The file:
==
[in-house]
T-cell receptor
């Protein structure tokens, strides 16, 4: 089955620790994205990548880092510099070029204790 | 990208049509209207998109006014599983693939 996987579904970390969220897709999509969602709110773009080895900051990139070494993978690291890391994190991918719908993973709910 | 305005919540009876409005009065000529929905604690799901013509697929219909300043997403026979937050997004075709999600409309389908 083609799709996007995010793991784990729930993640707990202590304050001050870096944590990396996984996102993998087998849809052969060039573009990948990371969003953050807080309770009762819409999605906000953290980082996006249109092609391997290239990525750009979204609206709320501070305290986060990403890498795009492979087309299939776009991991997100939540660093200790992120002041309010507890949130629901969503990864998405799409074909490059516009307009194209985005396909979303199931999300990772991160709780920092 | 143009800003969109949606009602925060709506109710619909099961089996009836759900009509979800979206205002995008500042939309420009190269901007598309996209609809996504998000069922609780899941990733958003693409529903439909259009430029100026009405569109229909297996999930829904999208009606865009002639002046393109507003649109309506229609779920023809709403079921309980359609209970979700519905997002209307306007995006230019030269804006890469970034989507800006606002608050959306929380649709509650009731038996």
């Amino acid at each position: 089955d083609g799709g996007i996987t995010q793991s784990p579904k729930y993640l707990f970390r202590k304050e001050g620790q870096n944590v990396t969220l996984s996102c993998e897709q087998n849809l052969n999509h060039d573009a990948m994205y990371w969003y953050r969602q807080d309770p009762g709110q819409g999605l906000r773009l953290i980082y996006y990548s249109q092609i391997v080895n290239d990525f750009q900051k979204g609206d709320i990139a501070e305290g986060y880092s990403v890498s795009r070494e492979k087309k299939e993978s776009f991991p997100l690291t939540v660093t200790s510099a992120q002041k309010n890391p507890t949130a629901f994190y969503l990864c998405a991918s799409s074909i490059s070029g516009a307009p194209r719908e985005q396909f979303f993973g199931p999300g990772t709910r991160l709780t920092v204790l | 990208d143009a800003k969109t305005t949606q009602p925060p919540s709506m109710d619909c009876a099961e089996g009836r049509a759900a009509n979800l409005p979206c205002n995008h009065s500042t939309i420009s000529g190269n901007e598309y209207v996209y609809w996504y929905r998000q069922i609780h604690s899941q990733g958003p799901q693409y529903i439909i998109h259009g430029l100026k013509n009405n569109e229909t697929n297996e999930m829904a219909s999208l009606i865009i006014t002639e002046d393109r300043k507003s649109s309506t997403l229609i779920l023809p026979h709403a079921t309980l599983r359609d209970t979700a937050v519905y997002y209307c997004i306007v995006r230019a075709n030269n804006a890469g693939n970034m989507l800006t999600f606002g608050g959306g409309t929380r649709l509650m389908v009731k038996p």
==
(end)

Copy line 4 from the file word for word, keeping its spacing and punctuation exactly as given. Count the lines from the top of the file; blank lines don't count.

């Amino acid at each position: 089955d083609g799709g996007i996987t995010q793991s784990p579904k729930y993640l707990f970390r202590k304050e001050g620790q870096n944590v990396t969220l996984s996102c993998e897709q087998n849809l052969n999509h060039d573009a990948m994205y990371w969003y953050r969602q807080d309770p009762g709110q819409g999605l906000r773009l953290i980082y996006y990548s249109q092609i391997v080895n290239d990525f750009q900051k979204g609206d709320i990139a501070e305290g986060y880092s990403v890498s795009r070494e492979k087309k299939e993978s776009f991991p997100l690291t939540v660093t200790s510099a992120q002041k309010n890391p507890t949130a629901f994190y969503l990864c998405a991918s799409s074909i490059s070029g516009a307009p194209r719908e985005q396909f979303f993973g199931p999300g990772t709910r991160l709780t920092v204790l | 990208d143009a800003k969109t305005t949606q009602p925060p919540s709506m109710d619909c009876a099961e089996g009836r049509a759900a009509n979800l409005p979206c205002n995008h009065s500042t939309i420009s000529g190269n901007e598309y209207v996209y609809w996504y929905r998000q069922i609780h604690s899941q990733g958003p799901q693409y529903i439909i998109h259009g430029l100026k013509n009405n569109e229909t697929n297996e999930m829904a219909s999208l009606i865009i006014t002639e002046d393109r300043k507003s649109s309506t997403l229609i779920l023809p026979h709403a079921t309980l599983r359609d209970t979700a937050v519905y997002y209307c997004i306007v995006r230019a075709n030269n804006a890469g693939n970034m989507l800006t999600f606002g608050g959306g409309t929380r649709l509650m389908v009731k038996p």